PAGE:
1. if you like SB, you might consider black cod/sablefish also known as gindara in japanese supermarkets.

                          1. Yep, you should like halibut.

                            Also, mahi-mahi and sole.

                            (And John Dory, Ono, Opaka-paka and grouper, but those are harder to find in these parts.)

                            1. Thank you all for the replies. So helpful. Yes, it was Chilean Sea Bass that I used to get and enjoyed. I recently had some catfish that a friend made, she said she got it from Costco, I liked it, but I've been down this road before, when someone else cooks a certain fish I usually hate, it's OK to me, but when I make it, it's awful. I usually don't even like catfish fried and I like everything fried.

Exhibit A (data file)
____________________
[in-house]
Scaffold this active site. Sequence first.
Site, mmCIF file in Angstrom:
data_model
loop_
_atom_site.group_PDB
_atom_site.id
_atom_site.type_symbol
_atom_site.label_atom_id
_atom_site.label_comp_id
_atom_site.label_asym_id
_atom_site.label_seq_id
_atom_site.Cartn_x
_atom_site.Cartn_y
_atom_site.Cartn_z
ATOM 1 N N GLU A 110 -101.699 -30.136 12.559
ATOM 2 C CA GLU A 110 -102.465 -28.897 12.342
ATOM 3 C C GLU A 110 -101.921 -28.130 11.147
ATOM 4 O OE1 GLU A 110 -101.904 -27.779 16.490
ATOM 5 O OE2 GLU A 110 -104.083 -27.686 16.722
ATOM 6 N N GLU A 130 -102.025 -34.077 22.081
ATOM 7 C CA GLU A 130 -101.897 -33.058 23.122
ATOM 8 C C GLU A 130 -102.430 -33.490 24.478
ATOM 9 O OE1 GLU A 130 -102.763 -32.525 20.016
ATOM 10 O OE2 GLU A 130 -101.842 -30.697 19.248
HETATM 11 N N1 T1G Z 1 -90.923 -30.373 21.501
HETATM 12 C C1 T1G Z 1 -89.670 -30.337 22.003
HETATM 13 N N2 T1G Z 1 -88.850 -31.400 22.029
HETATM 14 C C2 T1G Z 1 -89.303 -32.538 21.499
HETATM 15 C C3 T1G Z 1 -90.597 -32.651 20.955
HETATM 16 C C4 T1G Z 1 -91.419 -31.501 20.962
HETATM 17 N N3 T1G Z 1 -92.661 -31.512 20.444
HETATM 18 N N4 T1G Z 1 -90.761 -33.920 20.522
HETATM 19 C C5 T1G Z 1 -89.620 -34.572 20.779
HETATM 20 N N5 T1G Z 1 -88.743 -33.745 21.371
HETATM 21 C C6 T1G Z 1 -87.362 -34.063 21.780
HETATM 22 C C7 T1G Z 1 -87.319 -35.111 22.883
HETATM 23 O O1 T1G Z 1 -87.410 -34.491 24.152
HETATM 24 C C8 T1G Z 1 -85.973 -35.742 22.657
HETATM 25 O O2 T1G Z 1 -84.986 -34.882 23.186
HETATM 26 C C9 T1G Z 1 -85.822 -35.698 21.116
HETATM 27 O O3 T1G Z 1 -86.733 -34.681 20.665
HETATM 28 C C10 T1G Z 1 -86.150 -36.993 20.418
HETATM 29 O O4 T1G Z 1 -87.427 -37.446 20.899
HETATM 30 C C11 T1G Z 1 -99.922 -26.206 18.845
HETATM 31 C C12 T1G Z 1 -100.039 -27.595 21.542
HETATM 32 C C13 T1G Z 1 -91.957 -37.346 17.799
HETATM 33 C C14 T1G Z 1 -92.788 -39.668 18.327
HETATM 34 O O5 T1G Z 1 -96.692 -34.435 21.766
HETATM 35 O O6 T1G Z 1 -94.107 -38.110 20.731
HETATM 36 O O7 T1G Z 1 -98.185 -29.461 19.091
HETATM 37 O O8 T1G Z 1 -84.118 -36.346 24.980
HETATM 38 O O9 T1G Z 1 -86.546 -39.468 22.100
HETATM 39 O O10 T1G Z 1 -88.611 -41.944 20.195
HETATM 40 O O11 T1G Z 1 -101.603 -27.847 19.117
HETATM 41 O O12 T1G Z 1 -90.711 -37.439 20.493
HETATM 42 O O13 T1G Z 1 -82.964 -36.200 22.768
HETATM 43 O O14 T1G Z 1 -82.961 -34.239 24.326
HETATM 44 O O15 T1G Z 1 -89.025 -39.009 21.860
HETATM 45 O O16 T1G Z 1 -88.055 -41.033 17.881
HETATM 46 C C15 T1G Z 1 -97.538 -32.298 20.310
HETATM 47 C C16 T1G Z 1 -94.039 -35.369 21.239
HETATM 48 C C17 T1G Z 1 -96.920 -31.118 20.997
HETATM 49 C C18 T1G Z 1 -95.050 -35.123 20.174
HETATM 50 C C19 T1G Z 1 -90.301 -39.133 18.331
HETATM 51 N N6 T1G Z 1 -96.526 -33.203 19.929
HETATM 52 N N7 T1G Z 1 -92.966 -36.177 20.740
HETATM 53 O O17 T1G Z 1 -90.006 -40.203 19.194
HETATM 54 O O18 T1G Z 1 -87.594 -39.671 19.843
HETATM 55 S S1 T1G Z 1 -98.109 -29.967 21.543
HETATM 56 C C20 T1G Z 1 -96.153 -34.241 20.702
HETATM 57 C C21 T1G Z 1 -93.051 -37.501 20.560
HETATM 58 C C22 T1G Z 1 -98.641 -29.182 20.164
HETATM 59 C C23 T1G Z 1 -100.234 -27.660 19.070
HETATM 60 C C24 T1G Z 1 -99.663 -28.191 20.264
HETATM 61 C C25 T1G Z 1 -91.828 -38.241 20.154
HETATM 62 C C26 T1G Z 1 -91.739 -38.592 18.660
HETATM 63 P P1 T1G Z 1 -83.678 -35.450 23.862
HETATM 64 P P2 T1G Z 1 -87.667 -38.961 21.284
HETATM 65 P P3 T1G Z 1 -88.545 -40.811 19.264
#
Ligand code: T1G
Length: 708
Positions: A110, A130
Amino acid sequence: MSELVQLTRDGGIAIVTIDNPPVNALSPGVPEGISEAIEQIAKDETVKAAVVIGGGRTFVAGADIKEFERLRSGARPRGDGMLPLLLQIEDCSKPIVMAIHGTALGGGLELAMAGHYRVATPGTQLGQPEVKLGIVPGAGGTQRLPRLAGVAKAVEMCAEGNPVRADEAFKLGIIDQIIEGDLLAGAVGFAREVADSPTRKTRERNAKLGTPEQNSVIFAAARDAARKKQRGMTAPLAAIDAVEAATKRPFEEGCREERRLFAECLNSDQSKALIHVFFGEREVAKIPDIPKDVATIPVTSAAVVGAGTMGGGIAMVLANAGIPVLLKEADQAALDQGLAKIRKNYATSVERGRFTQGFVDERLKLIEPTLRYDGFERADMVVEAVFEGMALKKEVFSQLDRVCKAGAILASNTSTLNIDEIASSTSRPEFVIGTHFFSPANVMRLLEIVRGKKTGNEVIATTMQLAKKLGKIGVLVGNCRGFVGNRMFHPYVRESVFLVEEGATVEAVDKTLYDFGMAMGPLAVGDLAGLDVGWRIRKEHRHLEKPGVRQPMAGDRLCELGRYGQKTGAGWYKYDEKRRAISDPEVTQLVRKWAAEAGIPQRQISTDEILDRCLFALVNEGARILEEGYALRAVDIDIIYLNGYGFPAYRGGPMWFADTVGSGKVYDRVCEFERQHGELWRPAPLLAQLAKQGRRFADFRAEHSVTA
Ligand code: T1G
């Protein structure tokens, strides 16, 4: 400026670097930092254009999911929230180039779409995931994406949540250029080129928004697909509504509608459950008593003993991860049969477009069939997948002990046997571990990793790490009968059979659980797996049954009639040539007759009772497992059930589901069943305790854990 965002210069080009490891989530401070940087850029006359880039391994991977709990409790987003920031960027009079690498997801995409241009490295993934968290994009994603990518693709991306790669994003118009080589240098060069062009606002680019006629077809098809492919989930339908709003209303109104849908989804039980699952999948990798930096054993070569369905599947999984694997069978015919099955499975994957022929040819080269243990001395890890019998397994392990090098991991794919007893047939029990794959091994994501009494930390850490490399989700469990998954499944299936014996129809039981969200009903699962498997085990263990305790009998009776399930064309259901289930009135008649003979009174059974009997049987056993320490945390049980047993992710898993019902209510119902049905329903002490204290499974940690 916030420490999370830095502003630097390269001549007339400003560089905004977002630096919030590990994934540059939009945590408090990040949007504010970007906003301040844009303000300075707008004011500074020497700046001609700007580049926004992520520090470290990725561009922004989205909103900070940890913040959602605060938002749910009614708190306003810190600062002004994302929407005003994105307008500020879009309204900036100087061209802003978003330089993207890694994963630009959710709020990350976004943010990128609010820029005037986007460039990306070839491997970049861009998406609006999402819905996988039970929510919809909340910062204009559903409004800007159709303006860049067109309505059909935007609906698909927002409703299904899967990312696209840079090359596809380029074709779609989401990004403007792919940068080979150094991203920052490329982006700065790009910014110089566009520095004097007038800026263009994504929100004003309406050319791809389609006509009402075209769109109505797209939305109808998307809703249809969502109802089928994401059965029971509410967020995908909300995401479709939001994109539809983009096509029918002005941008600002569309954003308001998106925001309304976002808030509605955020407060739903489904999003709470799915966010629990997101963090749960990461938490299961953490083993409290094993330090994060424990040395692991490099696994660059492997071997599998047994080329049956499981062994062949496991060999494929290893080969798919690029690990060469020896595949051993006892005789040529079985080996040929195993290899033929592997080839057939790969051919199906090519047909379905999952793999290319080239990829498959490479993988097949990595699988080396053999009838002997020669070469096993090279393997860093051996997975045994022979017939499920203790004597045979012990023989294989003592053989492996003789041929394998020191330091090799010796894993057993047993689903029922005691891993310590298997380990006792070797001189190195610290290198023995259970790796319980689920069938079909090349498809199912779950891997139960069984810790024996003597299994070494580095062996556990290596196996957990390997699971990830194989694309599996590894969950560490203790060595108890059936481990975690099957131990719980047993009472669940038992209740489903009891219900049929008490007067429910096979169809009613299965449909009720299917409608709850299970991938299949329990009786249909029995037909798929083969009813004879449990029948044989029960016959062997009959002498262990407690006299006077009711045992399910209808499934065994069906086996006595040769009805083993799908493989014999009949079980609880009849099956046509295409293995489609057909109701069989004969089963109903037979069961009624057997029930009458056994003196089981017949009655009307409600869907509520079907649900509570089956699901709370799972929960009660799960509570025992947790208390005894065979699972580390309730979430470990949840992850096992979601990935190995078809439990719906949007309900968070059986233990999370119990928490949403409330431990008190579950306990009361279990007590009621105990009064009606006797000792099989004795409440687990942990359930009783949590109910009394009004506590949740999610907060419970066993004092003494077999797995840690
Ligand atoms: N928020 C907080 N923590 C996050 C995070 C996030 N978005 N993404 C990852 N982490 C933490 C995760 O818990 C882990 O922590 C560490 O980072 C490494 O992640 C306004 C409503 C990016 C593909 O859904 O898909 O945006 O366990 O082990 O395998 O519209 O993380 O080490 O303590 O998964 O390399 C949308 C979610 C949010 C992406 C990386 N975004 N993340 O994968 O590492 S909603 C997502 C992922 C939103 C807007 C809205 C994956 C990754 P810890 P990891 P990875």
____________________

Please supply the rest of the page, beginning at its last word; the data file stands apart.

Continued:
So fish I might like... Mahi Mahi, Halibut, Alaskan halibut, Monk fish(awful name), Dover sole, grouper. Btw, I do like Cod.

                              Last questions, of those listed which one has the most health benefits? I know salmon is the healthiest, but it's so nasty to me. Also, maybe I'm wrong but some halibut is pink no? If so, should I avoid it? Does it have the same taste?

                              Thanks to everyone. I'll try to get some at whole foods. Costco should be good to right? My fear with buying from Costco is if I hate it, I'll have a boat load of it. Pun intended.

                              Edited, how do I post so my post goes at the bottom? Just reply to the last post? Is that the only way?

                              7 Replies
                              1. re: LuluTheMagnificent

                                in my experience, the source and manner of preparation have a big impact on how fish comes out. in general i recommend japanese markets for getting fish - they tend to take the best care in terms of keeping it fresh. if you can smell the fish, do not purchase fish there. (BTW i just saw chilean sea bass for sale at the mitsuwa in san gabriel)